Discover Kinako Ice Cream

Ice cream flavored with a toasty tasting Japanese product.

Ice cream flavored with a toasty tasting Japanese product.

 

When my husband heads to the store to buy ice cream, I just roll my eyes.

Because he always gets the same flavor, no matter what.

In a world of Chunky Monkey, Tin Roof, strawberry cheesecake, Vietnamese coffee and more, he reaches for vanilla. Every single time.

Oh, he’ll tell me that he might get something different this time.

But of course, he never does.

So I am left to my own devices — to make my own. And in my mind, the more distinctive, the better.

ThePerfectScoop

That’s why when “The Perfect Scoop” (Ten Speed Press) was revised and updated recently, I couldn’t wait to pore through my review copy. The original frozen desserts bible by food writer and popular blogger David Lebovitz, who worked at Chez Panisse for a dozen years, was published a decade ago — when I didn’t yet own an ice cream machine. This time around, I was ready. Boy, was I, to make something creamy smooth and unique.

I lingered over possibilities such as “Spritz Sorbet,” “Zabaglione Gelato,” “Lemon-Speculoos,” and even “Green Pea Ice Cream,” before deciding upon “Kinako Ice Cream.”

Kinako powder.

Kinako powder.

It helped that I still had some leftover kinako powder from making other dishes. The roasted soybean flour tastes like roasted nuts, but beguilingly so, because you can’t quite put your finger on what nuts it could be exactly. It’s readily available in small bags at Japanese markets.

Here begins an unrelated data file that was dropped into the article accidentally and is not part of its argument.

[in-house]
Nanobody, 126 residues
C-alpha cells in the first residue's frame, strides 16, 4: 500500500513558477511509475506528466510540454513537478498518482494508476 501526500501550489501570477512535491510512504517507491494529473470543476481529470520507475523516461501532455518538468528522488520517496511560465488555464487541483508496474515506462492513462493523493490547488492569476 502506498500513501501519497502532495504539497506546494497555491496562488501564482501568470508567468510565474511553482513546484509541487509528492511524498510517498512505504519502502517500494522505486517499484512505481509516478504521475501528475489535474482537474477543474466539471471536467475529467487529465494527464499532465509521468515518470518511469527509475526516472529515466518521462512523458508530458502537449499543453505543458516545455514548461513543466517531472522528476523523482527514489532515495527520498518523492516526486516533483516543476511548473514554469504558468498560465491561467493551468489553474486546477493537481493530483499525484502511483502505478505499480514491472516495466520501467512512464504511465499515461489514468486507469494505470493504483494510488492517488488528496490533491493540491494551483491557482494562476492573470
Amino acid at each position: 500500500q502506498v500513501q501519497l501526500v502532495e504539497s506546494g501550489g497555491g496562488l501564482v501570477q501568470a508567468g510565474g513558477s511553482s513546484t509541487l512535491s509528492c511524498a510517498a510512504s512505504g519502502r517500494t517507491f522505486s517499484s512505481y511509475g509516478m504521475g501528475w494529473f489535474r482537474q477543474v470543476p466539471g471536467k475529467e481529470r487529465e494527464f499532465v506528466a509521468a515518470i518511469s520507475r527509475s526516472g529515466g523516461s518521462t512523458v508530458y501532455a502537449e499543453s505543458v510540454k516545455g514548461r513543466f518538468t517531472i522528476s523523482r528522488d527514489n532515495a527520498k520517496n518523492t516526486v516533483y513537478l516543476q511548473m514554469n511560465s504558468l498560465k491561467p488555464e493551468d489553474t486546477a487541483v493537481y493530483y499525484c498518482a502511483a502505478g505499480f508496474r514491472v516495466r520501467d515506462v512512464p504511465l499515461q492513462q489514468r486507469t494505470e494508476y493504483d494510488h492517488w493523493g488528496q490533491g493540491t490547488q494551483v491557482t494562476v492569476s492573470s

The ice cream base is a rich blend of whole milk and heavy cream with half a dozen egg yolks, along with a little sugar and the kinako.

Try a scoop.

Try a scoop.

The resulting ice cream, a pretty light caramel color, possesses the roast-toasty taste of nuts and chestnuts, and even a little hint of Thai ice tea on the very finish.

It’s not vanilla by a long shot.

Which leaves my husband the one rolling his eyes this time.

An ice cream for when you want a change of pace from the usual.

An ice cream for when you want a change of pace from the usual.

Kinako Ice Cream

(Makes about 1 quart)

1 cup whole milk

3/4 cup sugar

6 tablespoons kinako powder

Pinch of salt

2 cups heavy cream

6 large egg yolks

 

Whisk together the milk, sugar, kinako, and salt in a medium saucepan. Pour the cream into a large bowl and set a mesh strainer on top.

Warm the kinako-flavored mixture. In a separate medium bowl, whisk together the egg yolks. Slowly pour the warm mixture into the egg yolks, whisking constantly, then scrape the warmed egg yolks back into the saucepan.

Stir the mixture constantly over medium heat with a heatproof spatula, scraping the bottom as you stir, until the mixture thickens and coats the spatula. Pour the custard through the strainer and stir it into the cream. Pour the mixture into a blender and puree for 30 seconds.

Chill the mixture thoroughly in the refrigerator, then freeze it in your ice cream maker according to the manufacturer’s instructions.

From “The Perfect Scoop” by David Lebovitz

KinakoMuffins2

More Kinako Recipes to Try: Kinako and Black Sesame Cupcakes

StateBirdPersimmons

And: Persimmons with Kinako Dressing and Black Sesame Sea Salt from State Bird Provisions

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6 comments

  • I love kinako in desserts. Bring it on! 🙂

  • Did he eat it at least? Looks so pretty. It’s popular now to just sprinkle kinako on ice cream as a topping. He could probably just do that with his vanilla ice cream.

  • Ben: He did try it. But he still prefers vanilla. LOL

  • More for you, methinks!

  • This recipe is only in his original release of The Perfect Scoop , not the Revised and Updated version, unless I’m missing something (it’s not in the Index or listed at the start of the ice creams chapter.

  • Robert: You are correct. I was going on a binge in making various ice creams and only realized later that this recipe was in the original book, not the revised one. Hope you give it a try. It really is a divine and memorable taste.

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